As Bill Simmons tweeted: “48 points, 3 missed shots total (FG + FT). We need a stat like ‘points per miss’ to see if that’s a record for a 40+ point game.”
And as I went to bed last night, Simmons’ tweet had me thinking. Just how useful of a stat would PPM be? So I decided to get up this morning and investigate it a little further.
I like it, because it’s a measure of offensive efficiency. Raw statistics, such as points scored don’t differentiate between good shooting and poor shooting, incorporates points scored or squandered on the free-throw line, and normalizes, to some extent, the increased risk and reward of three-point shots for which shooting percentage fails to account. Efficient shooting leaves more opportunities for teammates, which the author recognizes:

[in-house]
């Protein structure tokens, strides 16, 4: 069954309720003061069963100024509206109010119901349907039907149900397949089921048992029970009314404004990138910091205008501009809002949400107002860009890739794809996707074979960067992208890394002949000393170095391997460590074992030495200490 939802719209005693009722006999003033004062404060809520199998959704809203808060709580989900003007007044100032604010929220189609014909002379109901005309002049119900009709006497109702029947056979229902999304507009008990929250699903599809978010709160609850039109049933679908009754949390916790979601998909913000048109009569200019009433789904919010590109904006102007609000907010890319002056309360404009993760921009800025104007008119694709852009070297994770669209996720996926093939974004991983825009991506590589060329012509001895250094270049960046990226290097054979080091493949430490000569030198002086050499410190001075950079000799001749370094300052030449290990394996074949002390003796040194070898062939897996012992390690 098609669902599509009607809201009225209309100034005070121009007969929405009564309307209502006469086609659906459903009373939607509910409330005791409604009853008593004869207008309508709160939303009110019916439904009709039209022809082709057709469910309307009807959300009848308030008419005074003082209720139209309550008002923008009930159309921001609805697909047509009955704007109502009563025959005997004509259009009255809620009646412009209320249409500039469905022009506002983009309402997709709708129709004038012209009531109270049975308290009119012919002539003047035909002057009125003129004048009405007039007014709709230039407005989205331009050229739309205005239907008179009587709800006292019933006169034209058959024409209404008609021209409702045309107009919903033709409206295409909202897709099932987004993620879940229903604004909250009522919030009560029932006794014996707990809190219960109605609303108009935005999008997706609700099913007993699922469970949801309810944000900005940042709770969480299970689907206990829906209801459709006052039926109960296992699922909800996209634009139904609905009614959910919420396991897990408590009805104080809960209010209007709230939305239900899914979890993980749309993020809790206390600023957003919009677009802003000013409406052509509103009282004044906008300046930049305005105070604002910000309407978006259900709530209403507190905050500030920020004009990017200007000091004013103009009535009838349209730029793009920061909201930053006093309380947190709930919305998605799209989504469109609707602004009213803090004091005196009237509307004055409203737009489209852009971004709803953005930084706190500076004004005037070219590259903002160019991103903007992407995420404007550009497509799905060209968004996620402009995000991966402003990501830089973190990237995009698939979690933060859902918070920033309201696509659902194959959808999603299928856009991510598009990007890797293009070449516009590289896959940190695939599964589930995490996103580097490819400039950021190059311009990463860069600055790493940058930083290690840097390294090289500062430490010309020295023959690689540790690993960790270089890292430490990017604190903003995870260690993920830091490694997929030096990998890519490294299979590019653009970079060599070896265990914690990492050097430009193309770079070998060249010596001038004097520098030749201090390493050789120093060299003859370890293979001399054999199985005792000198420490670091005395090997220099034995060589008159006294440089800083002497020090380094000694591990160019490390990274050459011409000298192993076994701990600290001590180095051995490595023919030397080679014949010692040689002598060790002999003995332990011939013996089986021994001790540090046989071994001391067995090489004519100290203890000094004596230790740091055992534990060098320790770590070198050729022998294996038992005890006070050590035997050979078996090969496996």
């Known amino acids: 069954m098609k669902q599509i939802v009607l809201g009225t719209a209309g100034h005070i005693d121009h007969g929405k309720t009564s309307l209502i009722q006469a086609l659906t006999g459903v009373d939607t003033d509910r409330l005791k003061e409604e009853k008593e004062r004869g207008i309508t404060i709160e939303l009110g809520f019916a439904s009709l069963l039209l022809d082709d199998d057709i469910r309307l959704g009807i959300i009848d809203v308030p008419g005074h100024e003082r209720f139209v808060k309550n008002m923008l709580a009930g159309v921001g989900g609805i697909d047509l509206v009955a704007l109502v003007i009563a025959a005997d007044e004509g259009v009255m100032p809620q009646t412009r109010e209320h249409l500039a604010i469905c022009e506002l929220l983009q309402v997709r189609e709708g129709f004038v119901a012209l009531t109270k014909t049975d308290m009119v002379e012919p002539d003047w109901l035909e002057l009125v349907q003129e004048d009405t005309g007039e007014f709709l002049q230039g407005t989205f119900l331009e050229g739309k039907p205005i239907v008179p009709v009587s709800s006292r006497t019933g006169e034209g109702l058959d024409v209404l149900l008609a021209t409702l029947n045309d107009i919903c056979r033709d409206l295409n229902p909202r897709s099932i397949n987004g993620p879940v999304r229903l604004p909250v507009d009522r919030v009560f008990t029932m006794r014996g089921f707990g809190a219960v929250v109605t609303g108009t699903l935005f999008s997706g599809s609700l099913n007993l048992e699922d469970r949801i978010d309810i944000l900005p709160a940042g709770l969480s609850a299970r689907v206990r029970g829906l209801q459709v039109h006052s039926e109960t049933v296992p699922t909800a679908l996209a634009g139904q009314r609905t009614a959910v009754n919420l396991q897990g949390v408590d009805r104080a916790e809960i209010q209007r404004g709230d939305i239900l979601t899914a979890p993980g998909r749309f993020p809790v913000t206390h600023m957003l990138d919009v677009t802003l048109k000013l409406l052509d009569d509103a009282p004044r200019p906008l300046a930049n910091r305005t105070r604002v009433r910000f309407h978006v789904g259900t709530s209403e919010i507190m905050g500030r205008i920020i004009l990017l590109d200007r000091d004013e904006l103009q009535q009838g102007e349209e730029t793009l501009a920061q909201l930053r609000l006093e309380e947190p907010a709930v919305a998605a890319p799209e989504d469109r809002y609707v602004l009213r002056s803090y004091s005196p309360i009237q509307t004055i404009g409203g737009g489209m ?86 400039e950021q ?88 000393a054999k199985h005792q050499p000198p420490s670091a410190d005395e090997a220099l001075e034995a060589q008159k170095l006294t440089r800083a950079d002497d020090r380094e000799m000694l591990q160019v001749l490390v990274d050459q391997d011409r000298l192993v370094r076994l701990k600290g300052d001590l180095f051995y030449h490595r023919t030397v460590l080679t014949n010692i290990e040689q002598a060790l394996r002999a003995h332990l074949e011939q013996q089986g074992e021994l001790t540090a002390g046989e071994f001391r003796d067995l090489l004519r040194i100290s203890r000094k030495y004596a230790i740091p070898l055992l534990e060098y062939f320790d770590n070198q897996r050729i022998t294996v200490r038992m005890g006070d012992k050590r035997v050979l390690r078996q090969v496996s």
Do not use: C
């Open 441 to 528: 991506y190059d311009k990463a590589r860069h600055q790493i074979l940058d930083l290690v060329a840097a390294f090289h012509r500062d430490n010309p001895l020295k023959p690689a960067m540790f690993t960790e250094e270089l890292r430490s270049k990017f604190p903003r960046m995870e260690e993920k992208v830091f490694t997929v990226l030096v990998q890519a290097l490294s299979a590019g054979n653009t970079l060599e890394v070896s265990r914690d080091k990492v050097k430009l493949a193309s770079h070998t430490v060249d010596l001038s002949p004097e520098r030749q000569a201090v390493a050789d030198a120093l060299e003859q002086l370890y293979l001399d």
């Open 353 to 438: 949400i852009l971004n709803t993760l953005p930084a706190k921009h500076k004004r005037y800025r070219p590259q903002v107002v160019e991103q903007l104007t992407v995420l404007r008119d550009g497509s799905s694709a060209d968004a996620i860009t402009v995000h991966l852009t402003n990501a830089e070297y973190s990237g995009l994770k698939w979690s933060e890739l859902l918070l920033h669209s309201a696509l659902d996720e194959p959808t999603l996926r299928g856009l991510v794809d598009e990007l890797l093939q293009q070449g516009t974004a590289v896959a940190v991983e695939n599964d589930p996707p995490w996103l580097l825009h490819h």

Points per game is an oft-cited stat, but it provides little in the way of efficiency. A player could score 40 points per game and lead the league, but if he just does it because he chucks up half of his team’s shots, his team probably is not very good or balanced on offense. Another player who scores only 25 points per game but who is highly efficient at turning shooting opportunities into points is maximizing his own scoring chances while, theoretically, not wasting his team’s scoring opportunities shooting lower percentage shots (by comparison) than what his teammates could get